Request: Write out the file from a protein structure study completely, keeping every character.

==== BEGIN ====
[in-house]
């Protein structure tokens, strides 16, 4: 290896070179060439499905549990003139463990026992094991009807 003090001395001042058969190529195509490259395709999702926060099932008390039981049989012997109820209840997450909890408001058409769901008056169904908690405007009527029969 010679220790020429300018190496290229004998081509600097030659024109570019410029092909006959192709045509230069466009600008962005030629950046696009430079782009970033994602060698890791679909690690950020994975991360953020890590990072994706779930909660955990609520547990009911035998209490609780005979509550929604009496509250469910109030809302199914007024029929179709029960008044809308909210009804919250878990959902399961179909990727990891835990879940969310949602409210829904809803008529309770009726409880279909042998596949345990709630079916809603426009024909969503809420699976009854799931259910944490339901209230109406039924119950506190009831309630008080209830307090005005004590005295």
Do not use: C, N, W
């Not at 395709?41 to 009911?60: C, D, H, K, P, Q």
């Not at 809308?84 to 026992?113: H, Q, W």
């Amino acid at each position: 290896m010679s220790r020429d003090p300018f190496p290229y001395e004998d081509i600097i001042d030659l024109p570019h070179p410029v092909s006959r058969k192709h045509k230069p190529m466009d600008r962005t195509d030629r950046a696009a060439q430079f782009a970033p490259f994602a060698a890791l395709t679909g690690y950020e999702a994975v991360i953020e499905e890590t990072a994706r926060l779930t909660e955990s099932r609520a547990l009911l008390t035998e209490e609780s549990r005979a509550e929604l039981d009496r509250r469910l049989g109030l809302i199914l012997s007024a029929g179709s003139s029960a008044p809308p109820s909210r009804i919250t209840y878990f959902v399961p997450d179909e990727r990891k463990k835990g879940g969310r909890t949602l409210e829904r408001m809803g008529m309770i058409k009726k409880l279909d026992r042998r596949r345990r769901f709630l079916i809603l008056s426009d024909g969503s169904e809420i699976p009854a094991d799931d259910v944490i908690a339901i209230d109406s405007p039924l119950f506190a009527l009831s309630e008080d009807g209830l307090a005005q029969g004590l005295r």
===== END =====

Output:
[in-house]
């Protein structure tokens, strides 16, 4: 290896070179060439499905549990003139463990026992094991009807 003090001395001042058969190529195509490259395709999702926060099932008390039981049989012997109820209840997450909890408001058409769901008056169904908690405007009527029969 010679220790020429300018190496290229004998081509600097030659024109570019410029092909006959192709045509230069466009600008962005030629950046696009430079782009970033994602060698890791679909690690950020994975991360953020890590990072994706779930909660955990609520547990009911035998209490609780005979509550929604009496509250469910109030809302199914007024029929179709029960008044809308909210009804919250878990959902399961179909990727990891835990879940969310949602409210829904809803008529309770009726409880279909042998596949345990709630079916809603426009024909969503809420699976009854799931259910944490339901209230109406039924119950506190009831309630008080209830307090005005004590005295």
Do not use: C, N, W
């Not at 395709?41 to 009911?60: C, D, H, K, P, Q």
């Not at 809308?84 to 026992?113: H, Q, W």
């Amino acid at each position: 290896m010679s220790r020429d003090p300018f190496p290229y001395e004998d081509i600097i001042d030659l024109p570019h070179p410029v092909s006959r058969k192709h045509k230069p190529m466009d600008r962005t195509d030629r950046a696009a060439q430079f782009a970033p490259f994602a060698a890791l395709t679909g690690y950020e999702a994975v991360i953020e499905e890590t990072a994706r926060l779930t909660e955990s099932r609520a547990l009911l008390t035998e209490e609780s549990r005979a509550e929604l039981d009496r509250r469910l049989g109030l809302i199914l012997s007024a029929g179709s003139s029960a008044p809308p109820s909210r009804i919250t209840y878990f959902v399961p997450d179909e990727r990891k463990k835990g879940g969310r909890t949602l409210e829904r408001m809803g008529m309770i058409k009726k409880l279909d026992r042998r596949r345990r769901f709630l079916i809603l008056s426009d024909g969503s169904e809420i699976p009854a094991d799931d259910v944490i908690a339901i209230d109406s405007p039924l119950f506190a009527l009831s309630e008080d009807g209830l307090a005005q029969g004590l005295r």